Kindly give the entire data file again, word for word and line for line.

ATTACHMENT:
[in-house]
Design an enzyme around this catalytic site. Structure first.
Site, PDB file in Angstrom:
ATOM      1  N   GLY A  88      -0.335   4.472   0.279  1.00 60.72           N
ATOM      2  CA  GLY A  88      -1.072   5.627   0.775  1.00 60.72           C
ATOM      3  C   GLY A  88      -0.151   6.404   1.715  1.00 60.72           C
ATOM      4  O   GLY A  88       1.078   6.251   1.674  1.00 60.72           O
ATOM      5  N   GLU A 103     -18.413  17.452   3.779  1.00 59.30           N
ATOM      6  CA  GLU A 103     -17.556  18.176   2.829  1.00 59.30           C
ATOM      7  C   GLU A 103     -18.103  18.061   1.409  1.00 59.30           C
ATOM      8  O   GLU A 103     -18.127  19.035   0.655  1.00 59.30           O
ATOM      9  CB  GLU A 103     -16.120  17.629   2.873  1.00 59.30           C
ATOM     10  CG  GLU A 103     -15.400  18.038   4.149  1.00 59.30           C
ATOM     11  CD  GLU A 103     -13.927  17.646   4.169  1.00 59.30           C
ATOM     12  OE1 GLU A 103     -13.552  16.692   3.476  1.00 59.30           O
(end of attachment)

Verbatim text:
[in-house]
Design an enzyme around this catalytic site. Structure first.
Site, PDB file in Angstrom:
ATOM      1  N   GLY A  88      -0.335   4.472   0.279  1.00 60.72           N
ATOM      2  CA  GLY A  88      -1.072   5.627   0.775  1.00 60.72           C
ATOM      3  C   GLY A  88      -0.151   6.404   1.715  1.00 60.72           C
ATOM      4  O   GLY A  88       1.078   6.251   1.674  1.00 60.72           O
ATOM      5  N   GLU A 103     -18.413  17.452   3.779  1.00 59.30           N
ATOM      6  CA  GLU A 103     -17.556  18.176   2.829  1.00 59.30           C
ATOM      7  C   GLU A 103     -18.103  18.061   1.409  1.00 59.30           C
ATOM      8  O   GLU A 103     -18.127  19.035   0.655  1.00 59.30           O
ATOM      9  CB  GLU A 103     -16.120  17.629   2.873  1.00 59.30           C
ATOM     10  CG  GLU A 103     -15.400  18.038   4.149  1.00 59.30           C
ATOM     11  CD  GLU A 103     -13.927  17.646   4.169  1.00 59.30           C
ATOM     12  OE1 GLU A 103     -13.552  16.692   3.476  1.00 59.30           O